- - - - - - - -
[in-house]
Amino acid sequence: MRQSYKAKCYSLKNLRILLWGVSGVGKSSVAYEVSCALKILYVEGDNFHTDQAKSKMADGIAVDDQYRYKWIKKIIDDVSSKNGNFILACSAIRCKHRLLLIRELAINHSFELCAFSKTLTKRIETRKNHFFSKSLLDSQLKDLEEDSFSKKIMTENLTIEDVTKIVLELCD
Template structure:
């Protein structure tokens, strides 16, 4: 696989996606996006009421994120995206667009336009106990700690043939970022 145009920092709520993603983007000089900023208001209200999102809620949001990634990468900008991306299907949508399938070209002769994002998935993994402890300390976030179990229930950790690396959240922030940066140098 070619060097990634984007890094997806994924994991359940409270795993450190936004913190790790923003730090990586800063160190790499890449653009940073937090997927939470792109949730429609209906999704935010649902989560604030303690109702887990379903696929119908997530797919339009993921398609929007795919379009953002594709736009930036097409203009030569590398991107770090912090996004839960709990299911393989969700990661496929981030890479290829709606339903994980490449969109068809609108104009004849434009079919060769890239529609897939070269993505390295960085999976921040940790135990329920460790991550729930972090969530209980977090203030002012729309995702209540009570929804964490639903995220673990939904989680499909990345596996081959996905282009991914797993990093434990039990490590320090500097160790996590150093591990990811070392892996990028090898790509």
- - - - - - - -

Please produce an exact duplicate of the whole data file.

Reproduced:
[in-house]
Amino acid sequence: MRQSYKAKCYSLKNLRILLWGVSGVGKSSVAYEVSCALKILYVEGDNFHTDQAKSKMADGIAVDDQYRYKWIKKIIDDVSSKNGNFILACSAIRCKHRLLLIRELAINHSFELCAFSKTLTKRIETRKNHFFSKSLLDSQLKDLEEDSFSKKIMTENLTIEDVTKIVLELCD
Template structure:
């Protein structure tokens, strides 16, 4: 696989996606996006009421994120995206667009336009106990700690043939970022 145009920092709520993603983007000089900023208001209200999102809620949001990634990468900008991306299907949508399938070209002769994002998935993994402890300390976030179990229930950790690396959240922030940066140098 070619060097990634984007890094997806994924994991359940409270795993450190936004913190790790923003730090990586800063160190790499890449653009940073937090997927939470792109949730429609209906999704935010649902989560604030303690109702887990379903696929119908997530797919339009993921398609929007795919379009953002594709736009930036097409203009030569590398991107770090912090996004839960709990299911393989969700990661496929981030890479290829709606339903994980490449969109068809609108104009004849434009079919060769890239529609897939070269993505390295960085999976921040940790135990329920460790991550729930972090969530209980977090203030002012729309995702209540009570929804964490639903995220673990939904989680499909990345596996081959996905282009991914797993990093434990039990490590320090500097160790996590150093591990990811070392892996990028090898790509």